• Stockholm is leading example of how urban innovation can foster entrepreneurship.
  • The city is offering testbeds for climate-smart ideas and enabling businesses to scale-up low-carbon solutions.
  • Mayor Anna König Jerlmyr shares her thoughts on the city’s integrated approach for green urban development.

Cities around the world are currently on the frontline of tackling climate change. With growing urban populations, common challenges range from provision of housing, energy, waste, and transportation. During the COVID-19 pandemic, these challenges have become even more prominent and as we begin our recovery, there is a desire to build back better and greener.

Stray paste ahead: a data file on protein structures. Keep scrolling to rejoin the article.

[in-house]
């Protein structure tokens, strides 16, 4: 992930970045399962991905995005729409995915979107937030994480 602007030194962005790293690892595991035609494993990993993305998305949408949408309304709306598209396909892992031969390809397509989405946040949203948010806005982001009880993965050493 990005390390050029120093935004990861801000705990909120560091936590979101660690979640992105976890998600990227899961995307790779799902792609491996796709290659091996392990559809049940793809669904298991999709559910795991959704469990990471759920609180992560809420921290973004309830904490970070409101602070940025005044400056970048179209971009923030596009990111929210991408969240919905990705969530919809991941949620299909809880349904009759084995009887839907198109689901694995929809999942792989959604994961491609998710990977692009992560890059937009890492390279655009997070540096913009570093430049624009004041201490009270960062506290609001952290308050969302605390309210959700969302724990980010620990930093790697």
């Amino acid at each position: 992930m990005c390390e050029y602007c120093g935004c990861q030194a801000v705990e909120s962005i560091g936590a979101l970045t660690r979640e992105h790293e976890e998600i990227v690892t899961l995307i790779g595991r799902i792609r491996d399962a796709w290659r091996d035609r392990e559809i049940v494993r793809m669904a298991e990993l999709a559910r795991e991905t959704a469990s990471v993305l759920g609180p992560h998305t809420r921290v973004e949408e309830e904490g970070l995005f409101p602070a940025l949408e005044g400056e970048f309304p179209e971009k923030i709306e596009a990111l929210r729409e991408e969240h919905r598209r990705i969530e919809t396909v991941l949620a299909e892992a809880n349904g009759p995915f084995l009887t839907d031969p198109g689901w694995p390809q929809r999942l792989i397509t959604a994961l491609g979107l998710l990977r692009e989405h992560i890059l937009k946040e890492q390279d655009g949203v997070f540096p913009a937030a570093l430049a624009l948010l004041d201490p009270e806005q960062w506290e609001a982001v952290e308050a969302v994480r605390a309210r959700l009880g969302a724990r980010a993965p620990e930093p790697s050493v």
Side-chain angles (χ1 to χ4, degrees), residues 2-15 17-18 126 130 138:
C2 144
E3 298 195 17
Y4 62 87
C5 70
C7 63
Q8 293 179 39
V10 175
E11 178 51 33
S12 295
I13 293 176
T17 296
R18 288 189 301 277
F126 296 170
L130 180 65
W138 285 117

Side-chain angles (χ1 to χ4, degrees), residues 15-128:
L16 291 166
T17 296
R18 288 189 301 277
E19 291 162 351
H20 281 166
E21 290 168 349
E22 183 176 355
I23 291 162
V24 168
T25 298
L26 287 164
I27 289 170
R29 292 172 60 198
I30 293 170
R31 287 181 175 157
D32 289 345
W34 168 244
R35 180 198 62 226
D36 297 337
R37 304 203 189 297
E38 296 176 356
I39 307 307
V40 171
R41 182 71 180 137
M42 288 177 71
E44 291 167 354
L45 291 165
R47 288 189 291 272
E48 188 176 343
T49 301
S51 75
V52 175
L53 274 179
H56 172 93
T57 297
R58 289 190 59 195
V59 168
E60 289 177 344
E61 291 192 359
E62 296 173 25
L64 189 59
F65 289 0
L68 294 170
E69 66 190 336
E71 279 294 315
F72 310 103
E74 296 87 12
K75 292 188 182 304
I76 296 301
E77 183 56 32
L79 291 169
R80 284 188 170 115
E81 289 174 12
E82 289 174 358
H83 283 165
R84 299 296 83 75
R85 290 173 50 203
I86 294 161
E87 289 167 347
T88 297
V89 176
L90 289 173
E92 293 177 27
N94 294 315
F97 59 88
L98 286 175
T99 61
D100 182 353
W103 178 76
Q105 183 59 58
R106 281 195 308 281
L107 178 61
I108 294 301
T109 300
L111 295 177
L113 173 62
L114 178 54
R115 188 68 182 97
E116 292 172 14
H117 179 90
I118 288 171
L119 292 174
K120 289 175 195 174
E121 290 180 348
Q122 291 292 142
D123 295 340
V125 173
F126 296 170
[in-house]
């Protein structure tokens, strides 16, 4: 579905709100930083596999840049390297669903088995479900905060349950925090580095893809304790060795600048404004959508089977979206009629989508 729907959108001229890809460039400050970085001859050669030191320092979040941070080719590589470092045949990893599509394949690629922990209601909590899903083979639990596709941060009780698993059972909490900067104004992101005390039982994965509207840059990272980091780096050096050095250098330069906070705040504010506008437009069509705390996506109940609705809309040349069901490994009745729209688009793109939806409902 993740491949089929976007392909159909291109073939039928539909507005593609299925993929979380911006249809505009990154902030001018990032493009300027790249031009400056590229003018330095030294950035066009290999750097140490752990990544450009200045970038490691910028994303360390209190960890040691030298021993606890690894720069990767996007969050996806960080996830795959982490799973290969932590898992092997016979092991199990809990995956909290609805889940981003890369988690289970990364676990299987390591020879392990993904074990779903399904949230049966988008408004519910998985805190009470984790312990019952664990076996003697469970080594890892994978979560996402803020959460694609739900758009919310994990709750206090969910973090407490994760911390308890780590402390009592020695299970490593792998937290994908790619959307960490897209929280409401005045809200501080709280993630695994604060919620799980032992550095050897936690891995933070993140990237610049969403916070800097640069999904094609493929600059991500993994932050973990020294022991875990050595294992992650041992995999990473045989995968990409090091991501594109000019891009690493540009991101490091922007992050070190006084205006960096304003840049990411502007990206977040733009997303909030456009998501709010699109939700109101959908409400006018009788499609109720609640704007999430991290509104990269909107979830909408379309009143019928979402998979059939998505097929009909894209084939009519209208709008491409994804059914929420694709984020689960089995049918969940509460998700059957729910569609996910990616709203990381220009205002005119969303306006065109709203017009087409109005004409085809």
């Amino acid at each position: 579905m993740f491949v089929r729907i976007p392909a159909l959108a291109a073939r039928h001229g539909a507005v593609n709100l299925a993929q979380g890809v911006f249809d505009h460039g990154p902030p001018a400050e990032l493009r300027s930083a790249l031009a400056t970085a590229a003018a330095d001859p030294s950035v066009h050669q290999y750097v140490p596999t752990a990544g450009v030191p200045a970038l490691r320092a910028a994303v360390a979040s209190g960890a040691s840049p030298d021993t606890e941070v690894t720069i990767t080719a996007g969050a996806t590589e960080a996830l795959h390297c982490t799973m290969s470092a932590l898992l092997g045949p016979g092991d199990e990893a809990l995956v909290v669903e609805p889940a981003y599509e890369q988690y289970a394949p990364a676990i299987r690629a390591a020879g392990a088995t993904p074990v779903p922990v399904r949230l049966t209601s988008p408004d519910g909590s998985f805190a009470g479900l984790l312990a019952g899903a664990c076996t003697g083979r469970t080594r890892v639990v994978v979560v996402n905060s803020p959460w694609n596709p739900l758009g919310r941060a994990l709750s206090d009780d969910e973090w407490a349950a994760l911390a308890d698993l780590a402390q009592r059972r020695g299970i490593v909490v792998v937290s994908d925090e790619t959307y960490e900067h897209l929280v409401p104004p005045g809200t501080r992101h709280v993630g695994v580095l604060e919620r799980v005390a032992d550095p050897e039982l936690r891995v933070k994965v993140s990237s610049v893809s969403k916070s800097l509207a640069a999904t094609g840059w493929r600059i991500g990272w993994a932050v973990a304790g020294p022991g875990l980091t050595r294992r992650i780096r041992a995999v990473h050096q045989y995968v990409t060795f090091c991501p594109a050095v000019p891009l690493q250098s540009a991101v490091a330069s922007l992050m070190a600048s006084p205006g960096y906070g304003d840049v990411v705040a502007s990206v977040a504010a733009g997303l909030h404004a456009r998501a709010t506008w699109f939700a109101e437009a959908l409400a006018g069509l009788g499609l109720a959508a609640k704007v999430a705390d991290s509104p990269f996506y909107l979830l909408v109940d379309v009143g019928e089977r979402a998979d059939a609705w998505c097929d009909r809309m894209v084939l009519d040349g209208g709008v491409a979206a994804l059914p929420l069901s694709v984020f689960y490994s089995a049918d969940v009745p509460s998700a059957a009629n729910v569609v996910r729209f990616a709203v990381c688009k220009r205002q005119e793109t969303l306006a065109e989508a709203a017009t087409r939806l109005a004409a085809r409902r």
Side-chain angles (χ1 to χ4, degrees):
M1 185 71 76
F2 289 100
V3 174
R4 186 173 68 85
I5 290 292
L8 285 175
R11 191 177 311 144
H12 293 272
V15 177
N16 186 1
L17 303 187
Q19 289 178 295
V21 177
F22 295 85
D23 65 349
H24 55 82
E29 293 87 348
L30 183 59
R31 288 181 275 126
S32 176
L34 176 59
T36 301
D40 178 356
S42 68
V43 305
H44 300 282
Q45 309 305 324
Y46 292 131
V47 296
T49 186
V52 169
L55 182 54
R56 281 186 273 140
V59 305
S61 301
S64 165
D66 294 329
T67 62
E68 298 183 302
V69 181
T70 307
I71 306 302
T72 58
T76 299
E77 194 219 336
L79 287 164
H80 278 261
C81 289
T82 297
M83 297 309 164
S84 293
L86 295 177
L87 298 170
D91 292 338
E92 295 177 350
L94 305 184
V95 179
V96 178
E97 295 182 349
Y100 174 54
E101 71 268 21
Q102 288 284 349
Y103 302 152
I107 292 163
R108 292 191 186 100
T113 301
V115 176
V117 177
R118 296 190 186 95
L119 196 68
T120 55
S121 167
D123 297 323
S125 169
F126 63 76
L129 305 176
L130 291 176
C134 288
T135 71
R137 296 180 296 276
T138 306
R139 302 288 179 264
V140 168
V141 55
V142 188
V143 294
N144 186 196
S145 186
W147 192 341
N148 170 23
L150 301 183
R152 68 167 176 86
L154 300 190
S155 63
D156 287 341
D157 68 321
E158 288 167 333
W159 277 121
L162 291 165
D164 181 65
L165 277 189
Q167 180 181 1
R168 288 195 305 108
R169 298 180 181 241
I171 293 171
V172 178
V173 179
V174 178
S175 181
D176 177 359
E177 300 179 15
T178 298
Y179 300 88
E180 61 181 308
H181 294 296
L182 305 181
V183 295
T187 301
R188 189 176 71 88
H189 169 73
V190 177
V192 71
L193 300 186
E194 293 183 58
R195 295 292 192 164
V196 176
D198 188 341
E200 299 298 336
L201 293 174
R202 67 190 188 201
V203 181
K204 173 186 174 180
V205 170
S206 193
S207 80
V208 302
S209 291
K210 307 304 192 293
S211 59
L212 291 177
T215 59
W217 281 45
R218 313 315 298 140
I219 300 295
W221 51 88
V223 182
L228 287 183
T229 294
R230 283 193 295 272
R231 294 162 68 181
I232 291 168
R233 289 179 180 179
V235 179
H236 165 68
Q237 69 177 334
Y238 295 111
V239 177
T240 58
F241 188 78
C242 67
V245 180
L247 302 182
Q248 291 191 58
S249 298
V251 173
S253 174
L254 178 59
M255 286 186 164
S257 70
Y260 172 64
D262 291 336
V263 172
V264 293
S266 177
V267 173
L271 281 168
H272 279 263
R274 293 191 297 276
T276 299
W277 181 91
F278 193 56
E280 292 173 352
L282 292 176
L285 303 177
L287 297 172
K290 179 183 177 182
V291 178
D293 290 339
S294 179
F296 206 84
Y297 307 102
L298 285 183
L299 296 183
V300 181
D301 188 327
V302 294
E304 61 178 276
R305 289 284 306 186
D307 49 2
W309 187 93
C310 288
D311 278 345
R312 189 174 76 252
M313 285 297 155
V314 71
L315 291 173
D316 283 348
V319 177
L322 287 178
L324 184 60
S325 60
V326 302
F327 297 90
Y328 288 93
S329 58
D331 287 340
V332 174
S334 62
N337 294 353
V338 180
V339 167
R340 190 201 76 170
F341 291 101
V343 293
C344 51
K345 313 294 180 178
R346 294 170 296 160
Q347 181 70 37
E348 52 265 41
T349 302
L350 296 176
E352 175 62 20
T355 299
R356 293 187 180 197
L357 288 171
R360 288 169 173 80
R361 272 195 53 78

Sweden’s capital, Stockholm, is looking to lead the way as a global role model for this green transition. As a member of the supervisory board of the Net Zero Carbon Cities programme, I would like to share my thoughts on the city’s integrated approach for climate-smart urban development and examples from its partnership with local actors to create sustainable spillover effects.

For many years, Stockholm has had high ambitions to reduce emissions, with the goal of becoming fossil-free and climate positive by 2040.

Stockholm has been growing rapidly and even though we saw a temporary decline in the number of people who moved to the city during the pandemic, we expect the growth to continue as we reopen our city. But as the city grows, all new Stockholmers need housing, workplaces and public services. In other words, the city needs to expand, but also maintain a high quality and sustainable infrastructure.

Cities need to consider how they can, for example, find smart solutions for energy efficiency and reduce climate impact while also creating more jobs and supporting local businesses.